The folded fin 12 is placed on a thermally conductive base plate 18. In order to improve thermal conductivity, a thermally conductive grease is spread over the base plate 18 for improved thermal contact with the trough 16 of the folded fin 10. The base plate 18 is a flat, stiff piece of aluminum sheet in accordance with the presently preferred heat sink embodiment. The length of the base plate closely approximates the length of the folded fin to be placed thereon. The width of the base plate extends beyond the folded fin on both sides to accommodate a spring clamp 20 which is used to attach the folded fin 12 to the base plate 18. A pair of notches 22 are formed along one edge of the base plate 18. Along the opposite edge, a pair of substantially longer notches 24 are formed along the edge of the base plate. The spring clamp 20 has feet or tabs 30 for engaging with the notches beneath the edge of the base plate. The spring clamp 20 includes a series of flexible linkages 40 for pressing a trough 16 against the base plate 18. Each flexible linkage included in a presently preferred embodiment of the heat sink includes an abutment portion for making contact with the trough 16 of the folded fin 12. In the presently described heat sink embodiment, the abutment portion is a flat midportion 42. The present embodiment includes a flexible linkage for each of the troughs in the folded fin. Less demanding heat sink applications may make do with fewer flexible linkages. At opposite ends of each flat midportion 42, each flexible linkage includes an angled leg portion 44. The angled leg portions extend up from the flat midportion to attach to a crossbar 46. There are two parallel crossbars, each on an opposite side of the spring clamp 20. Each crossbar 46 is connected to all of the flexible linkages. When the spring clamp 20 is connected by its tabs 20 to the base plate 18, the spring clamp applies pressure through the flat midportions 42 to the troughs 16 of the folded fin to provide excellent thermal contact with the underlying base plate 18.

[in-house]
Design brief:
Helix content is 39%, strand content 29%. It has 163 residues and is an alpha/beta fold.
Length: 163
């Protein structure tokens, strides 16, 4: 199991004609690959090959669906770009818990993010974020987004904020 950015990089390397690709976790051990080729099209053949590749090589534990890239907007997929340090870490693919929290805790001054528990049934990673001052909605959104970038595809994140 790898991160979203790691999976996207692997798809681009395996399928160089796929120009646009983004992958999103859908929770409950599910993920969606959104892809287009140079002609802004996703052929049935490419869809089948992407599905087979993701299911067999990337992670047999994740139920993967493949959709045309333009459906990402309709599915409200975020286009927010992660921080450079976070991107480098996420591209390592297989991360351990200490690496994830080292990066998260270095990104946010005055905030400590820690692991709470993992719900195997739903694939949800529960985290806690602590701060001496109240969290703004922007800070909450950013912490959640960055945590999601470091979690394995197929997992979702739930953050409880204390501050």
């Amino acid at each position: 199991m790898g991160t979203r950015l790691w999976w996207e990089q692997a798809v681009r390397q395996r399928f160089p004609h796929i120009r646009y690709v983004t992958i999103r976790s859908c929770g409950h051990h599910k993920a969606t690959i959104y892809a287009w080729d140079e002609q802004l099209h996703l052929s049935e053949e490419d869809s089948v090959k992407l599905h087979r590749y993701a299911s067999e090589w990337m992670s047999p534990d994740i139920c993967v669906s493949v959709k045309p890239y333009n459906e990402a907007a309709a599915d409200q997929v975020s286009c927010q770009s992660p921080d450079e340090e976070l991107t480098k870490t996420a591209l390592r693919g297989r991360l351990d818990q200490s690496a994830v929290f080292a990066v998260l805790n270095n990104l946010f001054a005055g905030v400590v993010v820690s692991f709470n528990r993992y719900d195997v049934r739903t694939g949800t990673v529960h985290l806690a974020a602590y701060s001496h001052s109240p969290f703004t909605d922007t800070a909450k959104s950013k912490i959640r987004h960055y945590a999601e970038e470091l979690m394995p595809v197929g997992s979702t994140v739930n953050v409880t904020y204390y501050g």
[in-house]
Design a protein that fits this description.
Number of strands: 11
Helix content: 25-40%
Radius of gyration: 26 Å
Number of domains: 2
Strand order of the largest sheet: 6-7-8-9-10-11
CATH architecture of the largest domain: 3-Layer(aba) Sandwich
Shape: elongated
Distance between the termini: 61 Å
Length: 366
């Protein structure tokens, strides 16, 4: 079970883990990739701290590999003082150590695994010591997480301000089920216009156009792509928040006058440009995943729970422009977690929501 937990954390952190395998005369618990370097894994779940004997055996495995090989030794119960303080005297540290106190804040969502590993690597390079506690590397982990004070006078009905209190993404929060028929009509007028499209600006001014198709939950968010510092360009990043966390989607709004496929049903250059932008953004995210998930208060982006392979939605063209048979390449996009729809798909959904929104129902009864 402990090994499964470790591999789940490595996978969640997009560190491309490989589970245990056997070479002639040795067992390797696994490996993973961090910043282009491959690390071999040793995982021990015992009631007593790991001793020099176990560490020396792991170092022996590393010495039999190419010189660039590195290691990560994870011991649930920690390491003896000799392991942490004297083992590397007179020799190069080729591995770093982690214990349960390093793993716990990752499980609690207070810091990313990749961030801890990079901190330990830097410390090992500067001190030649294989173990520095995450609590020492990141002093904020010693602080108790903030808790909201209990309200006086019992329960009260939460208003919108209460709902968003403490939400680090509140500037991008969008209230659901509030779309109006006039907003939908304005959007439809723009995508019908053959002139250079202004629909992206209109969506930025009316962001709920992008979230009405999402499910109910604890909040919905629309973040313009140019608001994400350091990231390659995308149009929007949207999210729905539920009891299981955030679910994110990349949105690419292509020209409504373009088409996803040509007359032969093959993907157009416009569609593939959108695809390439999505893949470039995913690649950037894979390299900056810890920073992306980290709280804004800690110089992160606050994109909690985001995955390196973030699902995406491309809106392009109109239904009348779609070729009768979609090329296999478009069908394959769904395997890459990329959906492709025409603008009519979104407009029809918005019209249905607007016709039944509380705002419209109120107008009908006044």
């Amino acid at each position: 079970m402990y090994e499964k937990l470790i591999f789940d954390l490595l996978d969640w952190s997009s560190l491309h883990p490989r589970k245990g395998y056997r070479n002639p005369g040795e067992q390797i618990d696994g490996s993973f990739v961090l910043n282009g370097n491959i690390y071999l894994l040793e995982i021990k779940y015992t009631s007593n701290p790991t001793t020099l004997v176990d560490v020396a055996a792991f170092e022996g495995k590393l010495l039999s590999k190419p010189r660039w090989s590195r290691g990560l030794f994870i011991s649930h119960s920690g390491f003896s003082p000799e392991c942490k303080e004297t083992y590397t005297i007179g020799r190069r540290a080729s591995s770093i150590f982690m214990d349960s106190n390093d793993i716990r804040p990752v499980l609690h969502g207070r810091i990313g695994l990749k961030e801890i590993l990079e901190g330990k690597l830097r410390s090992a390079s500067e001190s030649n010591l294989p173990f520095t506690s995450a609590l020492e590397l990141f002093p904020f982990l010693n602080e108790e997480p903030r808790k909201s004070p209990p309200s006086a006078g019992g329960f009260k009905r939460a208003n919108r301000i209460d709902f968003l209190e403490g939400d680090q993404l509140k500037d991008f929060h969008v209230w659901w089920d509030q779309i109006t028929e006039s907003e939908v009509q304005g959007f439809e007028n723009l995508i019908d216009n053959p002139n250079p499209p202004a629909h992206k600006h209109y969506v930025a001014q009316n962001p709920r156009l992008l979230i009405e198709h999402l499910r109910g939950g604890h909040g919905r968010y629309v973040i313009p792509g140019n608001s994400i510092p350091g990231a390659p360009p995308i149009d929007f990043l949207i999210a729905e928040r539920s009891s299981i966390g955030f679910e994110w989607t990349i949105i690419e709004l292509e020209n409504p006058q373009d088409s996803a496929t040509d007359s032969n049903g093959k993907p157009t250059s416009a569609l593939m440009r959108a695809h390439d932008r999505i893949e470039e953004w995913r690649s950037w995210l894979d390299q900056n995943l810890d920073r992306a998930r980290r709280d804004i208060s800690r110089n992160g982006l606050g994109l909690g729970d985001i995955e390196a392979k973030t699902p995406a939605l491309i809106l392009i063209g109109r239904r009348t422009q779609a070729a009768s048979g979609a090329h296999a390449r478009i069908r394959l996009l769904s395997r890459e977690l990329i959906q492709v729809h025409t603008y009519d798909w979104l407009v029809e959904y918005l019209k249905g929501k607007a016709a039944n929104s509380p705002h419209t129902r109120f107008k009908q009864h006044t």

Referring now to FIG. 2, the spring clamp 20 is shown in greater detail. The tabs 30 depend from the spring clamp 20. In particular, the tabs 30 depend down from the crossbar 46. There are four tabs in the presently described embodiment of the spring clamp 20. A “tab” is defined as any clamping mechanism formed by a projection or member that may be used to engage beneath an edge of a plate. The heat sink may also be formed by substituting a clamping mechanism capable of engaging the base plate in ways other than latching beneath an edge such as latching onto other clamp receiving members and corresponding openings added to a base plate. A stem 48 connects the tab 30 to the crossbar 46. The stem 48 is narrow so that it may move within a correspondingly narrow slot or notch in the base plate or substrate to be cooled. The tab 30 of the embodiment in FIG. 3 is stepped. A first step 52 juts out from the stem 48. The first step 52 extends out from opposite sides of the stem 48. The steps 52 are wider than the narrow slots. Thus, the first steps 52 butt against an edge of the base plate adjacent a narrow slot. A second step 54 extending beneath each of the first steps permits engagement beneath an edge the base plate in an area of a wider slot or notch region. A wider slot or notch region is dimensioned so as to permit the first steps 52 to fit therein but to be too narrow to permit the second steps 54 to fit therein. The tabs 30 are further provided with a bent portion at the end of the tab furthest from the crossbar 46. The bent portion 56 bends inward such that the four bent portions 56 may be used to clamp onto a thermal plate adjacent a processor to be cooled. While bent portions are shown in the present embodiment, any projections capable of grabbing onto a substrate may be substituted for the bent portions. The spring clamp 20 of the present embodiment is entirely formed from a single piece of resilient metal sheet.